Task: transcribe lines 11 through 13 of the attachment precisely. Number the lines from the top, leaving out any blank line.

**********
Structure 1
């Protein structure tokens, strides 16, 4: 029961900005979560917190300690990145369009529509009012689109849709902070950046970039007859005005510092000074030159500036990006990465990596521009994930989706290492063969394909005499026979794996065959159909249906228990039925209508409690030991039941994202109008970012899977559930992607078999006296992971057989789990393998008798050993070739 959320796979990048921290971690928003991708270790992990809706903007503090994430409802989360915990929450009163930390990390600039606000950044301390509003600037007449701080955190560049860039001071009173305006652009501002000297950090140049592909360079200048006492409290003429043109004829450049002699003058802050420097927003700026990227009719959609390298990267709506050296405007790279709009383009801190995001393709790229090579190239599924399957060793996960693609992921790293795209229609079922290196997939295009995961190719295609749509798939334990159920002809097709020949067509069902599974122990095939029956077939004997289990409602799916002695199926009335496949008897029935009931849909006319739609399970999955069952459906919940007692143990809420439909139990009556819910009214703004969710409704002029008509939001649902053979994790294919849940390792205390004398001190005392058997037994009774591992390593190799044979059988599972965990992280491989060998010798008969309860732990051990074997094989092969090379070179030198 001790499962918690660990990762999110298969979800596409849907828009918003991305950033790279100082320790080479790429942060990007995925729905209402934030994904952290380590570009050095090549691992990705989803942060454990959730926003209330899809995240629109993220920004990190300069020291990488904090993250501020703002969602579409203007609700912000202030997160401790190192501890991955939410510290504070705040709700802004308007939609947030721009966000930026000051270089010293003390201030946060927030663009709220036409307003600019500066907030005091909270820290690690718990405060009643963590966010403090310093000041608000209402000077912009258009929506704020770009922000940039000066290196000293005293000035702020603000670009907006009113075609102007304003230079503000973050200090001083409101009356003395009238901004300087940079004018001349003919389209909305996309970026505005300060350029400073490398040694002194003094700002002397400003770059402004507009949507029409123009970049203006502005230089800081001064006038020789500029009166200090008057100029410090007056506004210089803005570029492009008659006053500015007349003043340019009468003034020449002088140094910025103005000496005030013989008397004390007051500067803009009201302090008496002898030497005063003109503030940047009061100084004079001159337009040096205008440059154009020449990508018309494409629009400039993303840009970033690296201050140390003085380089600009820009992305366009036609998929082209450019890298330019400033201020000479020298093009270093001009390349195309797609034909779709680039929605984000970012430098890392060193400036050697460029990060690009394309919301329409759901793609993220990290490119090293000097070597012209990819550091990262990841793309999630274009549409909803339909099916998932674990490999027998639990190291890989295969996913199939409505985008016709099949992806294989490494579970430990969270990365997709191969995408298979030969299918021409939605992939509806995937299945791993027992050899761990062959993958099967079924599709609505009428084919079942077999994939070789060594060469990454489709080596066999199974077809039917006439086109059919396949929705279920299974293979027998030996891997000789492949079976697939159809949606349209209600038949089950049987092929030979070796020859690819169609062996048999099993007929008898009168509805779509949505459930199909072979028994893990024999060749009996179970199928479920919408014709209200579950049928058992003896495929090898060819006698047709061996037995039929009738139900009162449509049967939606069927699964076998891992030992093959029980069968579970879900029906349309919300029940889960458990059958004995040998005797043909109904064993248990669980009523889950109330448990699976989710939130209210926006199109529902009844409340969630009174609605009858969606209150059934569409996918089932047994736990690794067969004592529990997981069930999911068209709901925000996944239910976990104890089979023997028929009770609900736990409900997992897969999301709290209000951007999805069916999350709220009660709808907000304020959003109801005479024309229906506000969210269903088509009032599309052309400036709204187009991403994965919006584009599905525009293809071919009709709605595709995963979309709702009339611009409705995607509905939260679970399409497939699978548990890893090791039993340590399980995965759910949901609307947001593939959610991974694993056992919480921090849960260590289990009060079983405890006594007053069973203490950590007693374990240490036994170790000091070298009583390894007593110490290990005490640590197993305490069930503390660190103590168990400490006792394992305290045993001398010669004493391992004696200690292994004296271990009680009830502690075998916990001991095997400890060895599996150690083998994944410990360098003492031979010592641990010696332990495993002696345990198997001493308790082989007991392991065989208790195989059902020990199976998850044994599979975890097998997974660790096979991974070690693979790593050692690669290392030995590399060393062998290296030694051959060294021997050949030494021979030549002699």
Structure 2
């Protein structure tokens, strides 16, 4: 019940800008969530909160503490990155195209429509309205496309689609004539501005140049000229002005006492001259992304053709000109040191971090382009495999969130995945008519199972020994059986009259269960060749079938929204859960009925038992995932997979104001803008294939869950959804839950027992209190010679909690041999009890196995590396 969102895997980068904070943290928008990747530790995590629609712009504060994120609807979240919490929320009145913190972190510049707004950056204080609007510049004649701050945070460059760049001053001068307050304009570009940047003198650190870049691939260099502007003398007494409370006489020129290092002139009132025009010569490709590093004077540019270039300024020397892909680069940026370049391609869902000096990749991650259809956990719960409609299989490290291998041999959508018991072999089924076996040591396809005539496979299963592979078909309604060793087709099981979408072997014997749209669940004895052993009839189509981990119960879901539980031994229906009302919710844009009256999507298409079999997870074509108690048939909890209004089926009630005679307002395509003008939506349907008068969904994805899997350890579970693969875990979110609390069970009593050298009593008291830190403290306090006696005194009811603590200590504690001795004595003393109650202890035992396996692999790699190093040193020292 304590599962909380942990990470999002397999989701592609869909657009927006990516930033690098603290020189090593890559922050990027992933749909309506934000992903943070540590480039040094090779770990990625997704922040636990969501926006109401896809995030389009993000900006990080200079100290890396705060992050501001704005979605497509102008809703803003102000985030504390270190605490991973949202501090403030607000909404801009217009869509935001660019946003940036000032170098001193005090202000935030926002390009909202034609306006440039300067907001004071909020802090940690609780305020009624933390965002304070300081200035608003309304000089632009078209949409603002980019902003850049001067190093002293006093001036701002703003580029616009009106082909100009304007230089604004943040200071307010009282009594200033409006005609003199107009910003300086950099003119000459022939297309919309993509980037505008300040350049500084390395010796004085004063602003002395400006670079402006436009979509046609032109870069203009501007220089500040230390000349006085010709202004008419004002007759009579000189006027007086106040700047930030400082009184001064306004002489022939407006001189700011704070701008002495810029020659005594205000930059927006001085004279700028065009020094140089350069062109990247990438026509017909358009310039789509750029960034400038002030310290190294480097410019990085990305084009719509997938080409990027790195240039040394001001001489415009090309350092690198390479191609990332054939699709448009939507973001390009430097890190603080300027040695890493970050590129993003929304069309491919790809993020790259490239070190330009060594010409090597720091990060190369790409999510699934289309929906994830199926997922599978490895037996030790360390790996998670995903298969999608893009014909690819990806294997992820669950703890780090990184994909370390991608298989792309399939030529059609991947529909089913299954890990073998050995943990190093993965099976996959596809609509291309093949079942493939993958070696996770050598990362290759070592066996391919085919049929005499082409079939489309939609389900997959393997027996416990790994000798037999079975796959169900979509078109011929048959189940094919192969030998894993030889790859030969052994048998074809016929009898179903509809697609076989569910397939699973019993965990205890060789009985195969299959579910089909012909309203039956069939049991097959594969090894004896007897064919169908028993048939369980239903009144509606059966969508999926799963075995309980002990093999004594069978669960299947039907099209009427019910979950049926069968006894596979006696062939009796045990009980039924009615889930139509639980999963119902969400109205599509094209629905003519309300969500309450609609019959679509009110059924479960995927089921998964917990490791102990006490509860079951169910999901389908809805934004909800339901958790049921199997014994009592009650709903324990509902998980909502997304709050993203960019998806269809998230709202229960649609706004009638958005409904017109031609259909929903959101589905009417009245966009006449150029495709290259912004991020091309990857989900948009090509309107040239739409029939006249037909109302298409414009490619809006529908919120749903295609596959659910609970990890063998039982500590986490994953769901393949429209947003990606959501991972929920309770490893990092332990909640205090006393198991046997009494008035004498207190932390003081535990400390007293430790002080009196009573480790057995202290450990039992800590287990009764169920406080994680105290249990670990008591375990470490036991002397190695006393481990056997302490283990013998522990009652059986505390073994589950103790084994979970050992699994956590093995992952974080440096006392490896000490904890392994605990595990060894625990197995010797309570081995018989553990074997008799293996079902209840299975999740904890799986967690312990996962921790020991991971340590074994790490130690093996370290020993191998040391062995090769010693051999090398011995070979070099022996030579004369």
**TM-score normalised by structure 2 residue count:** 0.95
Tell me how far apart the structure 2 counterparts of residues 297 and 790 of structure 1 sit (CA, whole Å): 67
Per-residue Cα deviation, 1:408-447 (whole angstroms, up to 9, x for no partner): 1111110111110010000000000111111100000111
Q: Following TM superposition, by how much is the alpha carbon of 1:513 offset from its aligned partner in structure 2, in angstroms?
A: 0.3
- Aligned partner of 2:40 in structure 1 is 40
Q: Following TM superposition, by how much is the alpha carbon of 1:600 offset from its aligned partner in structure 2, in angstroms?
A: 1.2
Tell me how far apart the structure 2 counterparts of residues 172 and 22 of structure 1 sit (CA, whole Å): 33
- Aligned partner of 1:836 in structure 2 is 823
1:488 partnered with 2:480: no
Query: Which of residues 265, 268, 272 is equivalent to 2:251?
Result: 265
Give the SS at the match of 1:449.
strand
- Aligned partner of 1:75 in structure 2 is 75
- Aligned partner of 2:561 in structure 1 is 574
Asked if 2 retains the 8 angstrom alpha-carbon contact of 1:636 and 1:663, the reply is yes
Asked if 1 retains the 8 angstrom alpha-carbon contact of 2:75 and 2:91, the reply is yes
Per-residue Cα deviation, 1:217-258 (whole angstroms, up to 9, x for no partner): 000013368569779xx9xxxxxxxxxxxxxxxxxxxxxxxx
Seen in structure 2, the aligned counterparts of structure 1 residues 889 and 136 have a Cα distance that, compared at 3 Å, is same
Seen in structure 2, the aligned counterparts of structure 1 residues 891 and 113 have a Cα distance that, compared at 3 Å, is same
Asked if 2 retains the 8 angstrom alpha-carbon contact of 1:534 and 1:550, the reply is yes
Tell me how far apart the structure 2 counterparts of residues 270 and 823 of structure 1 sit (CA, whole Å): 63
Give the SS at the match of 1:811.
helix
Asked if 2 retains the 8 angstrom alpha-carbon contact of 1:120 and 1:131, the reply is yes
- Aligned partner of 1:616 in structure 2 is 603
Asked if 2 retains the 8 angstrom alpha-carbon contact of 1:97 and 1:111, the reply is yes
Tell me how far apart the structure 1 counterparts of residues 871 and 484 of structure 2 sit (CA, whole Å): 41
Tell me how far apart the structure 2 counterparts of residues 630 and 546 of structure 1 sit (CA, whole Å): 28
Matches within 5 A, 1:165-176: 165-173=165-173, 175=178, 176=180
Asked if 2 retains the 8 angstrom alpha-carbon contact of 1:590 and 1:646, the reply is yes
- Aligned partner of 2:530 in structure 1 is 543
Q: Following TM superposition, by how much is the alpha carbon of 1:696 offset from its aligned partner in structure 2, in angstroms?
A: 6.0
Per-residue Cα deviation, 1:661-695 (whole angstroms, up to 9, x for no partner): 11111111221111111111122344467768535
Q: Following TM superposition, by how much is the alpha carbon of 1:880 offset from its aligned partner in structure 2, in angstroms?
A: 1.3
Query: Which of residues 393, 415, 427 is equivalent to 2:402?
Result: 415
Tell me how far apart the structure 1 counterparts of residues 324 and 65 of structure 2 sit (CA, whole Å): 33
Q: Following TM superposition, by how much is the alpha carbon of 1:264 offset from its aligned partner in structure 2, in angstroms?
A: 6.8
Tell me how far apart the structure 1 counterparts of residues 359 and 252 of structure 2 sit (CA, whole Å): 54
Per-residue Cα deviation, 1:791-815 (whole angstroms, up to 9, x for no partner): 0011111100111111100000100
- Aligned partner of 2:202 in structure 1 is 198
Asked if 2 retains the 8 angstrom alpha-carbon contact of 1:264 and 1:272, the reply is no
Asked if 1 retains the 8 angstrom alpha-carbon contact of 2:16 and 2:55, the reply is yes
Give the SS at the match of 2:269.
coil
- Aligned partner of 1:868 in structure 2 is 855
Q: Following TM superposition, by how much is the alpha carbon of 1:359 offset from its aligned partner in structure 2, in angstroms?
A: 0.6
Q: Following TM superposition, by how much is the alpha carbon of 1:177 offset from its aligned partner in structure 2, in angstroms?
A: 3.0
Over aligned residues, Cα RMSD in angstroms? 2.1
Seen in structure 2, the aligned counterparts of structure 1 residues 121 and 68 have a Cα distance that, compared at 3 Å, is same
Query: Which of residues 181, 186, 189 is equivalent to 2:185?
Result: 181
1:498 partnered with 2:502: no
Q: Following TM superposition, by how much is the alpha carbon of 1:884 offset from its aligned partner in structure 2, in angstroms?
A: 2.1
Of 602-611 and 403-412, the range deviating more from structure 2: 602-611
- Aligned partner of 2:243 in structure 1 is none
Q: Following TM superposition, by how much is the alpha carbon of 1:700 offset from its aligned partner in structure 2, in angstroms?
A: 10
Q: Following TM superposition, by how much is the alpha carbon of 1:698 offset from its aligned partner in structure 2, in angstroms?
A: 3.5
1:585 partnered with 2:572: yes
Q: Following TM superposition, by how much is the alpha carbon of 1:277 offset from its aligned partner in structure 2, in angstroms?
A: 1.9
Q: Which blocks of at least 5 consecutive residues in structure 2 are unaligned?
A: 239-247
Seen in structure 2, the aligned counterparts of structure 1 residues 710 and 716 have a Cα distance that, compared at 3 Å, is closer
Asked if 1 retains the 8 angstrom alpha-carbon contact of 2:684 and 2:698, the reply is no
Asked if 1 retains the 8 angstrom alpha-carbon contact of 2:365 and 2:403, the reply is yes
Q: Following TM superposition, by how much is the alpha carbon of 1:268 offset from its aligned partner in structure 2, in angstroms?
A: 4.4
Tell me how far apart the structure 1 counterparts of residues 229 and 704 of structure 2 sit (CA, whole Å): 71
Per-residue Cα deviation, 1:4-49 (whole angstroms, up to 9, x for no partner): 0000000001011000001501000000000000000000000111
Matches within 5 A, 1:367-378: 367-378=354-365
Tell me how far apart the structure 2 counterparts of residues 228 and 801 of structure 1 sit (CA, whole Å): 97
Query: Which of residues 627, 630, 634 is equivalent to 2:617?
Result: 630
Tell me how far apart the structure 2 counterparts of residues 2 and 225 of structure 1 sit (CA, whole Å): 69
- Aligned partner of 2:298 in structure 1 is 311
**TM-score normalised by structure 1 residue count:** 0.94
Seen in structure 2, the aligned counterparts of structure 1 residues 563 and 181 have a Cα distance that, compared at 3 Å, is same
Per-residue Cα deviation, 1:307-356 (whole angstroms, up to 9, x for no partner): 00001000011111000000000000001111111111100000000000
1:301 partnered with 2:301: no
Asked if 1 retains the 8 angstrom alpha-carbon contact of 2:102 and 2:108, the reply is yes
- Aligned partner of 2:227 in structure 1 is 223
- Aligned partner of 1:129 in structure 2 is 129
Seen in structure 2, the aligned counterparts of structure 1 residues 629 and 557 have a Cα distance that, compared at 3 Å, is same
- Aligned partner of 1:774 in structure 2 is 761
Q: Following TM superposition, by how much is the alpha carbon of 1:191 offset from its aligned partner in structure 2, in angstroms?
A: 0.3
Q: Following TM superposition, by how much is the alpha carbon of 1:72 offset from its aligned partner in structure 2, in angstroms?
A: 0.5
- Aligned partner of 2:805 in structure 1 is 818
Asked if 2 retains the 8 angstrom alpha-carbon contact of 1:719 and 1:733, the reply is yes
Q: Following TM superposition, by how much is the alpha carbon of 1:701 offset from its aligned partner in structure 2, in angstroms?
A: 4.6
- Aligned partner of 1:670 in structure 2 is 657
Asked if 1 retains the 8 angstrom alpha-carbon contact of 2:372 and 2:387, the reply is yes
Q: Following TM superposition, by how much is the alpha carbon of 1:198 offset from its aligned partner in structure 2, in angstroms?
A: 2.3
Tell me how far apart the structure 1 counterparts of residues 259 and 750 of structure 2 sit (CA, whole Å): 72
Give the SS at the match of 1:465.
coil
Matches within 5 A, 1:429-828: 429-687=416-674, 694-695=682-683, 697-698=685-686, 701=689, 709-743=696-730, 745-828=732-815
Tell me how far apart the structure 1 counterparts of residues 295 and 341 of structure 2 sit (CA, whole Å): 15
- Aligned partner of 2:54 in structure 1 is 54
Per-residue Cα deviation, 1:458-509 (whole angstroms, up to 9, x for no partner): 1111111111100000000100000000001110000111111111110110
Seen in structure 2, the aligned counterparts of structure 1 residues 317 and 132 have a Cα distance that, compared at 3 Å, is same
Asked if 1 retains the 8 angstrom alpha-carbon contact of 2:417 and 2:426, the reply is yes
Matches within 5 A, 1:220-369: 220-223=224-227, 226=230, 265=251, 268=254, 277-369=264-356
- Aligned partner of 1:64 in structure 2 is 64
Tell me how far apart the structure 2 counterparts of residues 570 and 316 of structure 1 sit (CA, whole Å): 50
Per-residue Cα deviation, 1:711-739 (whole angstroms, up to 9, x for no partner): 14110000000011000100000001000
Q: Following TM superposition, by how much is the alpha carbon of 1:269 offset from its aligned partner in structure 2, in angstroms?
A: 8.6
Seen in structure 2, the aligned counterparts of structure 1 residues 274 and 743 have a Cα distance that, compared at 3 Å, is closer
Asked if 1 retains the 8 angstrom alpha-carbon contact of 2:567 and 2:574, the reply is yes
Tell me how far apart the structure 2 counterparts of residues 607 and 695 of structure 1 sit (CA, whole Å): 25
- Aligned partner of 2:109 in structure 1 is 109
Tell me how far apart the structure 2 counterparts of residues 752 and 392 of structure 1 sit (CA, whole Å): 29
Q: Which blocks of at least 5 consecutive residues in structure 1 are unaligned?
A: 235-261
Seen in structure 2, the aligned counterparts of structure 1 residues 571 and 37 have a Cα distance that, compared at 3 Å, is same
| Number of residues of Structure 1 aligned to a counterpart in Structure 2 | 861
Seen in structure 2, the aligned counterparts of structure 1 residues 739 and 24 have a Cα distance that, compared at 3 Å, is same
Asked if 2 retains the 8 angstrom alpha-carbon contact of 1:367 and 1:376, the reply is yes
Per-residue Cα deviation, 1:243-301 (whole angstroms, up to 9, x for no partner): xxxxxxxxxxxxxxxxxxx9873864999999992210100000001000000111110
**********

Q: Following TM superposition, by how much is the alpha carbon of 1:600 offset from its aligned partner in structure 2, in angstroms?
A: 1.2
Tell me how far apart the structure 2 counterparts of residues 172 and 22 of structure 1 sit (CA, whole Å): 33